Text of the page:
- All of the LME base metals’ cash/three-month spreads, except that for aluminium, are in backwardation.
- Risk appetite is fairly upbeat despite generally poor economic data, the disrupted supply chain and high energy prices.
- Most Asia-Pacific equities were in positive territory this morning.
LME three-month base metals prices were up across the board this morning with gains averaging 1.2%, led by a 1.6% gain in tin to $38,500 per tonne. Zinc and copper were both up by 1.4%, with the latter at $10,345 per tonne.
The most-active base metals contracts on the Shanghai Futures Exchange were for the most part stronger, the exception was November zinc that was down by 0.9%, while the rest were up by an average of 1% - though this was skewed by a 2.5% rise in November tin. November copper was little changed at 75,650 yuan ($11,759) per tonne.
The precious metals were up by an average of 1.8% this morning, with spot gold up by 0.8% at $1,777.15 per oz this morning. The more industrial precious metals were up by an average of 2.2%.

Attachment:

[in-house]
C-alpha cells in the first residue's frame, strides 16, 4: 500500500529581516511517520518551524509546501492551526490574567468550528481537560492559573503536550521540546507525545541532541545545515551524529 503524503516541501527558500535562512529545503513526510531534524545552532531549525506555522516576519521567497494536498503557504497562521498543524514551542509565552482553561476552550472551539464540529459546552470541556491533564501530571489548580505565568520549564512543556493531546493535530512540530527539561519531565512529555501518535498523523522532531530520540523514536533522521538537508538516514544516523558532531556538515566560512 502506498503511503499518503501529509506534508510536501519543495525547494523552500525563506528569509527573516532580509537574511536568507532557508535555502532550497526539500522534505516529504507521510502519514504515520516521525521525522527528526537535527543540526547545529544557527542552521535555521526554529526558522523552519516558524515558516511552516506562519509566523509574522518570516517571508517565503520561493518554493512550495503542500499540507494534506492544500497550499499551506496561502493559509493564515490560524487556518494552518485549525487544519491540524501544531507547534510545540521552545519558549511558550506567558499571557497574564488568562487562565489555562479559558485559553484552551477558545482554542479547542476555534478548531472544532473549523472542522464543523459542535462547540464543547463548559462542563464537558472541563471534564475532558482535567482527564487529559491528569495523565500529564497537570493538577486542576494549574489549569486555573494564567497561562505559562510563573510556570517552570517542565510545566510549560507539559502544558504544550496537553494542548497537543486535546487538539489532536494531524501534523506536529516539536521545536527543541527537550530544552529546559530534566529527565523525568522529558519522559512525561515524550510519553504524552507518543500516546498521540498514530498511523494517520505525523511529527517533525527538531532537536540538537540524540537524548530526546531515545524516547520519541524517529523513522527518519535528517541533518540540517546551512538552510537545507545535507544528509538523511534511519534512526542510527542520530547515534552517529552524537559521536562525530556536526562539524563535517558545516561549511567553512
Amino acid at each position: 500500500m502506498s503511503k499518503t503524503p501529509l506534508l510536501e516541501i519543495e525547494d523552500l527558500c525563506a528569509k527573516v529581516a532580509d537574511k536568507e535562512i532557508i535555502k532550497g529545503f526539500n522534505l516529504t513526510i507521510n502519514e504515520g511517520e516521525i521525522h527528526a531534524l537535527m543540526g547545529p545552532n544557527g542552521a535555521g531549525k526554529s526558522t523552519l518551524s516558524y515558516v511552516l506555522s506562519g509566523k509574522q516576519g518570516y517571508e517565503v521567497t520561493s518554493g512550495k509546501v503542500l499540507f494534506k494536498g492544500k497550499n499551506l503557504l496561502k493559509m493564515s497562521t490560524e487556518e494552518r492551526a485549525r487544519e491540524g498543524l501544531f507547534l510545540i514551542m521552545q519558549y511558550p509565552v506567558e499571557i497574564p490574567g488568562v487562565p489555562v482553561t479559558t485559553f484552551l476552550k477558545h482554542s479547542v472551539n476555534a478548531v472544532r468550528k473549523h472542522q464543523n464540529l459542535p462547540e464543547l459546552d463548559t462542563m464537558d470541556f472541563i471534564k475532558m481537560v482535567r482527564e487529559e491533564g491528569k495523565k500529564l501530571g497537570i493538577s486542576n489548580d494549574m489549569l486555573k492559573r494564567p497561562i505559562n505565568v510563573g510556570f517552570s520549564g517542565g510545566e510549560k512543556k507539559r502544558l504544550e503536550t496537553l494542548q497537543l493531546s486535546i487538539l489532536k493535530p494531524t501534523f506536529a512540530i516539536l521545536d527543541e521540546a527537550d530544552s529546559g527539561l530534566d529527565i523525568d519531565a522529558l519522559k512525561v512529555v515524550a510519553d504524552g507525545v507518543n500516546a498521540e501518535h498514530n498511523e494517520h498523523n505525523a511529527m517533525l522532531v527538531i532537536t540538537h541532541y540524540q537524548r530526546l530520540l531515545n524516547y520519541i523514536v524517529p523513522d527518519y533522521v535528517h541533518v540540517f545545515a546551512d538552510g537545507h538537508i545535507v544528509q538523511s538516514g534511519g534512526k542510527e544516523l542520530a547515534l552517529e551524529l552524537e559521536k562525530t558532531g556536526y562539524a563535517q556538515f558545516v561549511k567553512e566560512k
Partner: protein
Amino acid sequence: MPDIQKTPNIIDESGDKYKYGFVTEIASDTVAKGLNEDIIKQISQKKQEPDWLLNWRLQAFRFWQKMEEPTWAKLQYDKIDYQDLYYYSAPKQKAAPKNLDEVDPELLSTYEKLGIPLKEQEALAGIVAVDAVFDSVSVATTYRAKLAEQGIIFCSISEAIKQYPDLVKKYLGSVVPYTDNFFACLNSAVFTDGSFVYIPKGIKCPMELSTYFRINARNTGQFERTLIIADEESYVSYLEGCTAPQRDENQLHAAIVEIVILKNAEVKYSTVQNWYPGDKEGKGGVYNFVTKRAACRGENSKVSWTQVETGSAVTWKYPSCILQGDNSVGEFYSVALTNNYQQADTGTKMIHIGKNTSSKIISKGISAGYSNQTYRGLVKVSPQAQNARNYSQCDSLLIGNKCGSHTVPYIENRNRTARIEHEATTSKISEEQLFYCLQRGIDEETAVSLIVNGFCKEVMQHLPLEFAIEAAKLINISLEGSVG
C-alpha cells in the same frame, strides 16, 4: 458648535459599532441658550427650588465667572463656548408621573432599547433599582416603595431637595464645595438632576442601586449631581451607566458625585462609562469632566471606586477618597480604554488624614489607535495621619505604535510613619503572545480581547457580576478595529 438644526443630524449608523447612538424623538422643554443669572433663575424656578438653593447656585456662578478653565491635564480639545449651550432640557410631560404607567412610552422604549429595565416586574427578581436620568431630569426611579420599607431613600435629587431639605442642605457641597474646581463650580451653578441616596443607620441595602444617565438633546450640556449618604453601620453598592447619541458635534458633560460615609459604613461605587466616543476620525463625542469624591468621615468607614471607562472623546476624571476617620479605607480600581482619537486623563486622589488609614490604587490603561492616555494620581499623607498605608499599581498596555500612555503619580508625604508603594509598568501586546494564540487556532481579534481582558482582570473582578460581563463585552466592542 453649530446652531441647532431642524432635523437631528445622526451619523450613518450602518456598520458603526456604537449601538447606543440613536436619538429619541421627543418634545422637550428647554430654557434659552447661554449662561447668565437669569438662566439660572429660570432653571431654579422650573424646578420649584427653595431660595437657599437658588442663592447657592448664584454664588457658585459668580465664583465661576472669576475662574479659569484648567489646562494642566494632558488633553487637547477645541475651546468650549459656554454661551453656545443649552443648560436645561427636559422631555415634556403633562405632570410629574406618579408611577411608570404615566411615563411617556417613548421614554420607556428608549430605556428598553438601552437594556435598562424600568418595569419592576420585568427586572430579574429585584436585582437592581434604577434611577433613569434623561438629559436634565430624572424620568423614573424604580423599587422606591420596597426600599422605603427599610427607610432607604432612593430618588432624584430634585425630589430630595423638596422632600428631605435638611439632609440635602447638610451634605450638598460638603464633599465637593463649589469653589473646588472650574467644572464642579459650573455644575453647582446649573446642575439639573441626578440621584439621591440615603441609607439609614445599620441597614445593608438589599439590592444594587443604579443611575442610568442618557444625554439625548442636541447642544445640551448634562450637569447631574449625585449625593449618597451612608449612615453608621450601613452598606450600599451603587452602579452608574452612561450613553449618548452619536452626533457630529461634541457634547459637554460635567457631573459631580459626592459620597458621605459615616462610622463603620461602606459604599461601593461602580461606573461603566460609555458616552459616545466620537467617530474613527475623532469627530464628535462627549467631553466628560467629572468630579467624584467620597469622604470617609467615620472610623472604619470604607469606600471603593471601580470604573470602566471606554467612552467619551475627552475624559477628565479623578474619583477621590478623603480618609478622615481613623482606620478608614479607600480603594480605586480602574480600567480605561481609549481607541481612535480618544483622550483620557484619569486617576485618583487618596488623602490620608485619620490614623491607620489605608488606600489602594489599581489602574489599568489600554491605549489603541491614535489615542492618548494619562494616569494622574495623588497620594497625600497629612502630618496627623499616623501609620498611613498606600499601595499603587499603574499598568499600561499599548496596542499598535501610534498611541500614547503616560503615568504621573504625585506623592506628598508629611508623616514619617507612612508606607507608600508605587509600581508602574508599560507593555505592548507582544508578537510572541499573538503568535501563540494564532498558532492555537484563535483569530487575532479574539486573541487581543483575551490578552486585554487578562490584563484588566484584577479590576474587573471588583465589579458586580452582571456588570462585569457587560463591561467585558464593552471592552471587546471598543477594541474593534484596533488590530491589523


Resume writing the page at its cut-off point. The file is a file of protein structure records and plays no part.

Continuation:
The yield on US 10-year treasuries has dipped; it was recently at 1.58%, down from 1.61% at a similar time on Monday.
Asia-Pacific equities were mainly firmer on Tuesday morning: the Nikkei (+0.65%), the Hang Seng (+1.38%), CSI 300 (+0.98%), the Kospi (+0.74%) and the ASX 200 (-0.08%).
The US Dollar Index has slipped after risk appetite has improved and was recently at 93.65, down from 94.06 at a similar time on Monday.
With the dollar weaker, the other major currencies were firmer: sterling (1.3777), the euro (1.1643), the Australian dollar (0.7465) and the Japanese yen (114.00).
Economic data out on Tuesday includes US building permits, housing starts and the Federal budget balance.
There is a barrage of central bank speakers today including Bank of England’s governor Andrew Bailey, UK Monetary Policy Committee member Catherine Mann and US Federal Open Market Committee members Mary Daly, Michelle Bowman, Raphael Bostic and Christopher Waller.
Tuesday’s key themes and views
More of the base metals prices have turned vertical and the tightness in the spreads highlights panic short-covering. The trigger seems to have been the high energy costs that are threatening production levels, combined with the power rationing in China that has also affected production. But, because these issues will also be affecting manufacturing, there is also likely to be a demand hit – in turn that will no doubt affect the broader market and could lead to some follow-through weakness in the metals, but for now equity markets are still buoyant.
Given rising commodity prices, especially oil, inflationary pressures and stressed metals markets, gold may well pick up again while investors worry where this is heading.